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Three ways of classifying plants

Artificial classifications
Natural classifications
Phylogenetic classifications

Folk Systematics: indigenous or ethnobiological classifications - how do humans classify?

5 (or 6) ethnobiological categories in all folk taxonomies

arranged hierarchically
unique beginner or kingdom (eg. plant, animal)
life form (tree, vine, grass)
generic taxa
specific and varietal usually rare

indigenous classifications - how do they compare to “scientific” systems?

correspondence of folk and systematic classifications?
monotypic vs. polytypic genera in folk vs. systematic classifications

History of classification: taxonomists and how they approached classification of plants

Ancients (2000 B.C. - A.D. 1500)

Theophrastes and “essentialism”
Classification by habitat
Emphasis on genus
“ladder of life” or “great chain of being” or “Scalae Naturae”

Herbalists (A.D. 1500 - 1580)

Pedanius Dioscorides (c. 40-90 A.D.) -— De Materia Medica and connection of Greek medicine, plants and classification
German herbalists and their “herbals” — classification by medicinal properties

The pivotal period — beginnings of natural thought (A.D. 1580 - 1800)

Andrea Caesalpino
John Ray — the concept of “class” [=orders]
Pierre Magnol — the concept of “family”
Carolus Linnaeus (Carl Linnaea) — Sexual System of classification in Species Plantarum: the ultimate mechanical (artificial) system

Period of natural systems (A.D. 1760 - 1880)

Antoine de Jussieau

Period of phylogenetic systems (A.D. 1859 - present)

Charles Darwin — impact of On the Origin of Species (1859) for classification

George Bentham & Joseph Hooker (KEW Royal Botanic Garden)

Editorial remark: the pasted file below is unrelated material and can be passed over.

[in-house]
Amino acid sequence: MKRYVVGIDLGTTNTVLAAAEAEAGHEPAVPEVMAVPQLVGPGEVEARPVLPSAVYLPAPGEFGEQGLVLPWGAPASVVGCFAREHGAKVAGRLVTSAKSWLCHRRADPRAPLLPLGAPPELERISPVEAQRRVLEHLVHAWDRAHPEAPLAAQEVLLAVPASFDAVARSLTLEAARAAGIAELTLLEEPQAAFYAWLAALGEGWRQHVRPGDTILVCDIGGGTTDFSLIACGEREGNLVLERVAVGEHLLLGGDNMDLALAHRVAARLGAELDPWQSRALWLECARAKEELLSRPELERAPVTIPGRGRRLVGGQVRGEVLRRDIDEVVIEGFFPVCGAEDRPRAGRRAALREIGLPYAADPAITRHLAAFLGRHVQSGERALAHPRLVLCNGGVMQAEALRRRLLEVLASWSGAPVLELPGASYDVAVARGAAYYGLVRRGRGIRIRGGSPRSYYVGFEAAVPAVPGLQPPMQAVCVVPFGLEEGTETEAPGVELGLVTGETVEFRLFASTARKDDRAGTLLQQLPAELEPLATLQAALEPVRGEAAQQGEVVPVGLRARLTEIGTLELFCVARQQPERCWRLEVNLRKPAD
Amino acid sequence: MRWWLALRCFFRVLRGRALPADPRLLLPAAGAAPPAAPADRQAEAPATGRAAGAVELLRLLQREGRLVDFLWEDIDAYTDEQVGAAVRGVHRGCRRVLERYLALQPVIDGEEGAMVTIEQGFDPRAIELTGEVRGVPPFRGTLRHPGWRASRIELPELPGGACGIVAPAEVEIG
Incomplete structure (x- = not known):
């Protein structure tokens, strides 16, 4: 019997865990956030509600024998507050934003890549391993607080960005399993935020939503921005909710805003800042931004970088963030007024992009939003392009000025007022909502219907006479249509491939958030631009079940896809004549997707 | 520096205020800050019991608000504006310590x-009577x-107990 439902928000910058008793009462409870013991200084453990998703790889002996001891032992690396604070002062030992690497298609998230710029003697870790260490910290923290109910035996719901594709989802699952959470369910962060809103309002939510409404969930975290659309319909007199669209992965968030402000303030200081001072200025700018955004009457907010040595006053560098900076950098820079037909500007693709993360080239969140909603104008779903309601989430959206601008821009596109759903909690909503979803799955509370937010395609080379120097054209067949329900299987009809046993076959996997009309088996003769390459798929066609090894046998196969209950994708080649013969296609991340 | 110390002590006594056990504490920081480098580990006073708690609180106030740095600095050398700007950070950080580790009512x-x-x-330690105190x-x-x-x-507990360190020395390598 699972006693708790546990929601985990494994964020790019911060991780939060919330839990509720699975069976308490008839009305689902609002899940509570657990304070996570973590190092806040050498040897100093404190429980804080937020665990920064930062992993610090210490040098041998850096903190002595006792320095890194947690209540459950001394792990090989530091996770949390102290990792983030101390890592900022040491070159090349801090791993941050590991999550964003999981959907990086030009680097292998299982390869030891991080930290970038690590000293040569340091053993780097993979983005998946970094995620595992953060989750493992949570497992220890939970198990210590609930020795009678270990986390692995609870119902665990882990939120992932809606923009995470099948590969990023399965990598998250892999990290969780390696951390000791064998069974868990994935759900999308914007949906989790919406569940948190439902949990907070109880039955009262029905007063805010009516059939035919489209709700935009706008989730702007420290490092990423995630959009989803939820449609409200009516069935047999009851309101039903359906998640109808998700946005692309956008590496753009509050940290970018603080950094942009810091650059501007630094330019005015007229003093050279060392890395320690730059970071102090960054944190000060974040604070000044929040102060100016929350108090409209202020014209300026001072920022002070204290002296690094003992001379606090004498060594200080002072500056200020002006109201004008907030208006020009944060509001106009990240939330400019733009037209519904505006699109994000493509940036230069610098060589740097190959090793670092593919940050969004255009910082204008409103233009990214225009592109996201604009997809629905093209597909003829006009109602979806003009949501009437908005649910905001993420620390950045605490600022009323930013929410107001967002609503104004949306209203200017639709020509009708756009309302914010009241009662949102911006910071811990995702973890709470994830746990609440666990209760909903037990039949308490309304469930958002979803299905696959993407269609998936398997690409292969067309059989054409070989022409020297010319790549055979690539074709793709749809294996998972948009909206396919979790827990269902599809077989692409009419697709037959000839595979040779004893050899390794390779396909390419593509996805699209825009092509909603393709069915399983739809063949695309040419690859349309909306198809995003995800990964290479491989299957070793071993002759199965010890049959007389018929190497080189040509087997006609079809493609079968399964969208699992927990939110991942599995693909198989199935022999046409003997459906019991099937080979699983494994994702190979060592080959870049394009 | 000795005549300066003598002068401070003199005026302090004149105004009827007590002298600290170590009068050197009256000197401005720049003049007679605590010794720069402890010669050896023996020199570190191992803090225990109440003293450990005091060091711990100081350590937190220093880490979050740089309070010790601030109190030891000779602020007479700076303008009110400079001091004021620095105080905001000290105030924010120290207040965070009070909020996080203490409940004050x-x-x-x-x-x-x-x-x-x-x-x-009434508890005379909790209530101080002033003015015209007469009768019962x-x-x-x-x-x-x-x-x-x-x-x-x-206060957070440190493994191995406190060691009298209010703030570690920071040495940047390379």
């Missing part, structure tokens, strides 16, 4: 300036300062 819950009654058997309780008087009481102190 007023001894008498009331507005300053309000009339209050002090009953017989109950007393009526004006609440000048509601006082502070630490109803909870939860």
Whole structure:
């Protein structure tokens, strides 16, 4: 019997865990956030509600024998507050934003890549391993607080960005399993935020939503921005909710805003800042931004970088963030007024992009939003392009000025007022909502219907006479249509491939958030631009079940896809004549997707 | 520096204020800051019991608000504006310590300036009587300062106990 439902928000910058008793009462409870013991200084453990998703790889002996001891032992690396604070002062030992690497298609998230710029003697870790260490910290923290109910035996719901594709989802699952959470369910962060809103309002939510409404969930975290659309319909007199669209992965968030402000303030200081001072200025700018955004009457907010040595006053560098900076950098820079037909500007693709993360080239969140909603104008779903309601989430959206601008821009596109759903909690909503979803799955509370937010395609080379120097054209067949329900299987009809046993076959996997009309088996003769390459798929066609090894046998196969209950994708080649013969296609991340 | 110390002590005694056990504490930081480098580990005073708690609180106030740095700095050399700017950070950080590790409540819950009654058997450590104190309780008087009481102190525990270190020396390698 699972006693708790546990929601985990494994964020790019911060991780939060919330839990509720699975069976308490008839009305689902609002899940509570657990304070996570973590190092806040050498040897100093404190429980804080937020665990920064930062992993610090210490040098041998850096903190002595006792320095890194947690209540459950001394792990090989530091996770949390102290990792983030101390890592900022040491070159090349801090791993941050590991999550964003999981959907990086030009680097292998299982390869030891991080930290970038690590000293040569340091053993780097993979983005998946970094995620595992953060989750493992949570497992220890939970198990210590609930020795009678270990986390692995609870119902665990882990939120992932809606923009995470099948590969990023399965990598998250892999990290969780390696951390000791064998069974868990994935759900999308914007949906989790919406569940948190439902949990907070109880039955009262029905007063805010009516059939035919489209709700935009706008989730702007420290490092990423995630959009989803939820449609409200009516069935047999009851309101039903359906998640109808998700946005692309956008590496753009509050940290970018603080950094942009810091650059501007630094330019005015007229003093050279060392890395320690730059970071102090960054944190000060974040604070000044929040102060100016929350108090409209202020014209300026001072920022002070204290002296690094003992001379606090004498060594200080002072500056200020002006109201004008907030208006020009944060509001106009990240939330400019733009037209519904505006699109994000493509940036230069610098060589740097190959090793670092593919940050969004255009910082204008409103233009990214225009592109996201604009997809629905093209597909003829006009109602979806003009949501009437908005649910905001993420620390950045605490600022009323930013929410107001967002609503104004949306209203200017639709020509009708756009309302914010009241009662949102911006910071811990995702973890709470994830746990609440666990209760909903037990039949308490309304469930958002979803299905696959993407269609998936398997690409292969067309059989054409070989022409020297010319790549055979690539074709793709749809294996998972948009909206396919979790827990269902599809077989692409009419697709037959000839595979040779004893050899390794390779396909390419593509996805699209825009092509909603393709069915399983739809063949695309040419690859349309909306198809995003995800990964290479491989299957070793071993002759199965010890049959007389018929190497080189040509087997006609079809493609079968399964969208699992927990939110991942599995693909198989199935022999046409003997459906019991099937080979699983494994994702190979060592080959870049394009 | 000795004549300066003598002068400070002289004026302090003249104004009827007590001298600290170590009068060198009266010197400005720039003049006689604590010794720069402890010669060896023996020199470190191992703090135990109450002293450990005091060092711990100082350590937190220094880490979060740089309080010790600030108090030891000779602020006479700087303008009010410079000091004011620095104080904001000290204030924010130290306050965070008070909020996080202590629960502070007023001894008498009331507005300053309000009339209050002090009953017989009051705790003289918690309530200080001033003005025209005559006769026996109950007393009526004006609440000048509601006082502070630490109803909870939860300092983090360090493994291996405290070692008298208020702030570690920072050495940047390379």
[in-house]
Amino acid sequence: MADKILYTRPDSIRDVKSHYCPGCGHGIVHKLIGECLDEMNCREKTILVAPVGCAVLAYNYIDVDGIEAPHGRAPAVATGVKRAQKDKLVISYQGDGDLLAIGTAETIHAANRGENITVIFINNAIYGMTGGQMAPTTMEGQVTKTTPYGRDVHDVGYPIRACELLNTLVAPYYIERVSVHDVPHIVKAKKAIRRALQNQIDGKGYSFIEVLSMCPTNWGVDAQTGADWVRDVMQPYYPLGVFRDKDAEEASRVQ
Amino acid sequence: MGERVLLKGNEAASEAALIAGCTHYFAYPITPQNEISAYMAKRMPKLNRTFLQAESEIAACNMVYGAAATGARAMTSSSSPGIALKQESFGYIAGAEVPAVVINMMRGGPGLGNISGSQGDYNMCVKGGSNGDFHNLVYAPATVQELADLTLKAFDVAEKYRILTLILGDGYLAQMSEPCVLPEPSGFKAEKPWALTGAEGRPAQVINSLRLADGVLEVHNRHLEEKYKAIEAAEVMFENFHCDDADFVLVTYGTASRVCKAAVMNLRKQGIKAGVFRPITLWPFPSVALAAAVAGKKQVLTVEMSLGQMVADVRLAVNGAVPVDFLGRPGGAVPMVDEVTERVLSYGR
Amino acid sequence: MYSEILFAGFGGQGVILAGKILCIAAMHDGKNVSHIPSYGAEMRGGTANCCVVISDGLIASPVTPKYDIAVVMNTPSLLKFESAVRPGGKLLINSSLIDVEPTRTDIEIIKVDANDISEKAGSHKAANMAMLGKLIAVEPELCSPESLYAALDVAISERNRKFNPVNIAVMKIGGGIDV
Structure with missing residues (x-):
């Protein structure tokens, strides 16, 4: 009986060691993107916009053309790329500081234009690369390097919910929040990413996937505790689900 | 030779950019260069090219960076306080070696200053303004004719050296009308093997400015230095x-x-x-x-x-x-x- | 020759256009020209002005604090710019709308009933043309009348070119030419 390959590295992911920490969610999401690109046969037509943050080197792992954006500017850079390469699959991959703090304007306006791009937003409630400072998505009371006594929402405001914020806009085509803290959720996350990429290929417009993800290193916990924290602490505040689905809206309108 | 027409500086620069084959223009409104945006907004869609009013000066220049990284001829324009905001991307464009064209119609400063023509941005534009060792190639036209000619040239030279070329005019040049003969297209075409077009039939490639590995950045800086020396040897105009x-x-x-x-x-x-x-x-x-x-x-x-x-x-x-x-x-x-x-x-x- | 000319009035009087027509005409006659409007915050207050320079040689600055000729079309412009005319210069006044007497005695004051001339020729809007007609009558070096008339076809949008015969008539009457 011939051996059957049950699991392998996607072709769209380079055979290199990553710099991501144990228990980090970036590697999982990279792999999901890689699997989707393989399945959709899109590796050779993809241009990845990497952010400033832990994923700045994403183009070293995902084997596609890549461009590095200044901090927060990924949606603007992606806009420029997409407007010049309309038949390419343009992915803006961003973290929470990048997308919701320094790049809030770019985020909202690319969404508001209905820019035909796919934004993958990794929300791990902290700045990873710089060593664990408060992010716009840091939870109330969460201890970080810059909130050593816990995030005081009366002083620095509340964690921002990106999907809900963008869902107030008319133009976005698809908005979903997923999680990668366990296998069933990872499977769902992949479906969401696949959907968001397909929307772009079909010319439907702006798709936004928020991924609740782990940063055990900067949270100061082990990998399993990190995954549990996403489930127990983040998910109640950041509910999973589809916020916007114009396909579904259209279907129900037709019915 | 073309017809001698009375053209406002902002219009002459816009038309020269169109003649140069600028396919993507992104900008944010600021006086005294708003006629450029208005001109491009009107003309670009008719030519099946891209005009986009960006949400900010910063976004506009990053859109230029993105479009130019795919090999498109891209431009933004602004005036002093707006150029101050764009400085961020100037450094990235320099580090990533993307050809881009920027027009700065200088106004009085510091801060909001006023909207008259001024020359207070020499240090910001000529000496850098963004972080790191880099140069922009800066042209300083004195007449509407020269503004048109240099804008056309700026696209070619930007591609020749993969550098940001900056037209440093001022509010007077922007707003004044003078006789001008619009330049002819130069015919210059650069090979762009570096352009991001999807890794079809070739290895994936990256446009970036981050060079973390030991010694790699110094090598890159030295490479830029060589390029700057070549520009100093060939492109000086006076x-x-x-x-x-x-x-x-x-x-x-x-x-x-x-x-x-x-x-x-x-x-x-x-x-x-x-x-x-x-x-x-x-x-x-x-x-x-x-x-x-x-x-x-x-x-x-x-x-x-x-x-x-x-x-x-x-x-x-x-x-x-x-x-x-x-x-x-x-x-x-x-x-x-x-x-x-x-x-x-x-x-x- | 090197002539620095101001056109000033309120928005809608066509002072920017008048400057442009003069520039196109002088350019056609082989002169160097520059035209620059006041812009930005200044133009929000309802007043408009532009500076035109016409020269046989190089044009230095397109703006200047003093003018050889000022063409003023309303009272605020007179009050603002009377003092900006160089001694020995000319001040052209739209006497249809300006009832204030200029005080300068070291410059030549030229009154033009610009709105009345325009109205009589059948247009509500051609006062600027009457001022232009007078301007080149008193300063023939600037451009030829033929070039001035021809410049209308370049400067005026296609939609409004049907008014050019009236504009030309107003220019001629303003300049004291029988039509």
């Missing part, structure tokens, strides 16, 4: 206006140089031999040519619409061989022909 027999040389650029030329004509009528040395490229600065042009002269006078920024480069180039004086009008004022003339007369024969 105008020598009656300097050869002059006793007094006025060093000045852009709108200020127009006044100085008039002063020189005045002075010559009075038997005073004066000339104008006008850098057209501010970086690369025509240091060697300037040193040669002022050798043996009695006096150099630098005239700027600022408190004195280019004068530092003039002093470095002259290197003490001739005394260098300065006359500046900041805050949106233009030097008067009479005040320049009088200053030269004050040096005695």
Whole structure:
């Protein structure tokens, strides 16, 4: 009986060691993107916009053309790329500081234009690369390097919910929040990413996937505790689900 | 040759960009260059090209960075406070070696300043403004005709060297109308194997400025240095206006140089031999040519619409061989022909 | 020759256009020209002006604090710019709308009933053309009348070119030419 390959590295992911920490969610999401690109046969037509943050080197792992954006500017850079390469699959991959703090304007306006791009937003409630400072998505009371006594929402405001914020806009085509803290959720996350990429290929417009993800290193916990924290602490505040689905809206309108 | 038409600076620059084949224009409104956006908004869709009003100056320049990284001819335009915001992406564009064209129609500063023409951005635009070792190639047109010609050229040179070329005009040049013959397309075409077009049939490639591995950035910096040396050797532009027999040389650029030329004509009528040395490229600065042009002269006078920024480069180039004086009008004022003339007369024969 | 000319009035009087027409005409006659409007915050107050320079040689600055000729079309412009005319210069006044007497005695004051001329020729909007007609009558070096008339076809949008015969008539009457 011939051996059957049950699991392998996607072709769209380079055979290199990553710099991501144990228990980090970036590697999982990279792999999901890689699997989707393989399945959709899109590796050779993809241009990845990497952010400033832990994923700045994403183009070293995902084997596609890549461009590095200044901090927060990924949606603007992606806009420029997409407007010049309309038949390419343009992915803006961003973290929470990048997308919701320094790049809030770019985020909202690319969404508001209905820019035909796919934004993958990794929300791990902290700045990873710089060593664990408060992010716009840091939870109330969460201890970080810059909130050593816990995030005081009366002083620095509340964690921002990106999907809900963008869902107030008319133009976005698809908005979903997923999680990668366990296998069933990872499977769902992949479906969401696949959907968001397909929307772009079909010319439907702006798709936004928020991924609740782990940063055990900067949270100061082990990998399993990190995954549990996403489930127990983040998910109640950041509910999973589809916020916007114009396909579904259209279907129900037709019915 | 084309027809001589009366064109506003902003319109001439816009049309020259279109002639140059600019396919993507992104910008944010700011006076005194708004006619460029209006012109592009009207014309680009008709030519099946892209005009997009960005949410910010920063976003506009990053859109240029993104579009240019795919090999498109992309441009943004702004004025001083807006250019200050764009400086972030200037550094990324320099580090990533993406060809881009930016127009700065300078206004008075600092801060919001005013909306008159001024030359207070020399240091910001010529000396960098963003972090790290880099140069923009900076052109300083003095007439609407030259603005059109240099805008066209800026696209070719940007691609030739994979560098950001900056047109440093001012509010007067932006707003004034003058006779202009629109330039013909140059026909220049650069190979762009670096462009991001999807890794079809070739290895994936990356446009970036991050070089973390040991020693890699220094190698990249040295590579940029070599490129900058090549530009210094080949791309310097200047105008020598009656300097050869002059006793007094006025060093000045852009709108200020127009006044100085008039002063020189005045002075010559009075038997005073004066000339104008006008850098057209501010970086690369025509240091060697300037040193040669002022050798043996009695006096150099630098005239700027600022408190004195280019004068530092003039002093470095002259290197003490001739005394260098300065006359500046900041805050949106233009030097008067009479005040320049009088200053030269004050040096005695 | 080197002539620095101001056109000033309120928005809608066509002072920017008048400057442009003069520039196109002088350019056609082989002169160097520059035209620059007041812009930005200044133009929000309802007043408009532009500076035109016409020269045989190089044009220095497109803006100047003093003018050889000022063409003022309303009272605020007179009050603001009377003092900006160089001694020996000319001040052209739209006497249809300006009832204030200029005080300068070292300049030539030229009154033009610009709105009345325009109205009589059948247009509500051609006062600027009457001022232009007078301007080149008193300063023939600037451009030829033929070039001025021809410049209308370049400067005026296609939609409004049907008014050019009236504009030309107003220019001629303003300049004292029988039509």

Adolph Engler & Karl Prantl

Die Naturlichen Pflanzenfamilien
Salix = primitive”

Charles Bessey& his dicta or rules and “cactus” classification scheme

Magnolia = primitive”

Contemporary taxonomists - see comparison of these and other classification systems

Arthur Cronquist, Armen Takhtajan, Robert Thorne, Rolf Dahlgren

Phylogenetics and molecular systematics (1993 – present)

its ongoing role in redefining classification

1993 — the first major classification based on DNA (rbcL of cpDNA) - see the 1993 rbcL sequencing study called Treezilla that redefined angiosperm systematics

the 1998 & 2003 APG classification systems — the Angiosperm Phylogeny Group

see APG system vs. Cronquist's system for dicots


Issues in phylogenetic classifications — grouping in hierarchial (“Linnaean”) systems

1. Problem of character convergences in defining higher taxonomic groupings and subjective choice of characters

2. Name of species remains the same; but name conveys knowledge of natural affinities and evolutionary relationships

3. Named groups are monophyletic (ancestors and all descendants); or at least paraphyletic but certainly not polyphyletic

4. Not all groups are named

5. Ranks are arbitrary and not of same age


“rankless” classification systems — the PhyloCode system (July 2004: 1st convention)

Replace “Linnaean” hierarchical system with “phylogenetic” classification system (and nomenclature)

1. groups given unranked names

2. groups defined by ancestry — i.e. phylogenetic tree

3. groups described/diagnosed by a character(s) on the branch of the monophyletic group

4. No types but specifiers for nodes on trees


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